This section is very clearly targeted at the people who broke into St. John’s Episcopal Church, Lafayette Square, and set a fire in its basement, and those people should be punished.
However, I’m going to go out on a limb here and guess that the Department of Justice will ignore these laws when it comes to the United States Park Police Officers who teargassed St. John’s priests sitting on the Church’s property so President Trump could have a photo op with an upside down bible.
The Executive Order on Protecting American Monuments, Memorials, and Statues and Combating Recent Criminal Violence cites a few more federal statutes that cover conspiracy to destroy government property and crossing state lines to commit felonies.
There is no question that destroying government property is a crime, even if the underlying motives are laudable.
Instead of taking it upon yourself to be a one-person wrecking crew, the best option is to protest your local governments to remove these statues—efforts that have been successful around the country this past month and over the past few years, including those that convinced the Mississippi Government to remove the Confederate Battle Flag from its state flag.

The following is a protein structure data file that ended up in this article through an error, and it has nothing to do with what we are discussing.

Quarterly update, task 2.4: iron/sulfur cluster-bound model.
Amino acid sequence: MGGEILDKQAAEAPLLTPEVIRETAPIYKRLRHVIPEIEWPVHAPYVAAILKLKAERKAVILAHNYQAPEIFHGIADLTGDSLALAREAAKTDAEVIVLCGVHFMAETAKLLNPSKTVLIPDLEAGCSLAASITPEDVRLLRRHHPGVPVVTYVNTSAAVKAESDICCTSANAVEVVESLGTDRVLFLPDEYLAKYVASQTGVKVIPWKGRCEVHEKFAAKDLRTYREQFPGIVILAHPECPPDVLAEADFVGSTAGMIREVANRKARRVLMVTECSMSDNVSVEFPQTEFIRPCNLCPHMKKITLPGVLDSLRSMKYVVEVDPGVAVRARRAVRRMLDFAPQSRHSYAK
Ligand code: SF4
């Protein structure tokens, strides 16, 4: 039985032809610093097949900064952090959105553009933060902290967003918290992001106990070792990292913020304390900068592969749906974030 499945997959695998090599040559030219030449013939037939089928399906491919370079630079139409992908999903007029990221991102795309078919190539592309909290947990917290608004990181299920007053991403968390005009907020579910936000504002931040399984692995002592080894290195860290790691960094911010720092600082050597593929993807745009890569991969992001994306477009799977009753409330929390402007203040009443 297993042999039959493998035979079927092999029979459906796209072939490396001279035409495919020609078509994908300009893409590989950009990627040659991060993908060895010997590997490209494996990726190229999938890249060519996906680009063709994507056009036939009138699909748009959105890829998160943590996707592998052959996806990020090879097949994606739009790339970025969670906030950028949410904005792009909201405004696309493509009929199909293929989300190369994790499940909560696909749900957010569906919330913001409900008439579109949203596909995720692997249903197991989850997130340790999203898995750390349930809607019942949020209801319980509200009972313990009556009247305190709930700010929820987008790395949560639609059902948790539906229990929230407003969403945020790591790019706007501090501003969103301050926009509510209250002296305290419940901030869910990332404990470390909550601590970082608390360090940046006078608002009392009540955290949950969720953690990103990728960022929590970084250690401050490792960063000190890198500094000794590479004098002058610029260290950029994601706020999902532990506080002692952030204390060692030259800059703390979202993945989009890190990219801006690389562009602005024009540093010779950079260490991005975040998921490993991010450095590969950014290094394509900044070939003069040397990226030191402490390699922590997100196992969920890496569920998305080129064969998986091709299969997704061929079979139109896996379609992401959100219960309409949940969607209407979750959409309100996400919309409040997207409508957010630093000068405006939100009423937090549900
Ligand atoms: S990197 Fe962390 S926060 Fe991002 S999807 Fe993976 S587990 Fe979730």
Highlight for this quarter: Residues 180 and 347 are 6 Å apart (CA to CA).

Can You Destroy Government Property?
If you have chosen to express yourself in a way that gets you arrested by the federal government, you need to have an experienced criminal defense lawyer defending you. President Trump is not bluffing when he says the Department of Justice will be pushing for ten-year prison sentences.
Local law enforcement will likely not be as tough on you as the federal government, but they can still charge you with a crime. You need an experienced local criminal lawyer to help you navigate the criminal justice system.
If you were arrested in the District of Columbia, the attorneys here at Scrofano Law P.C. will vigorously defend you against these federal charges. Scrofano Law P.C. stands for justice for all Americans, not just those President Trump considers “very fine people.”
By developing an attorney-client relationship with our law firm, we can help you protect your constitutional rights and give you the best defense. Contact us today for a consultation.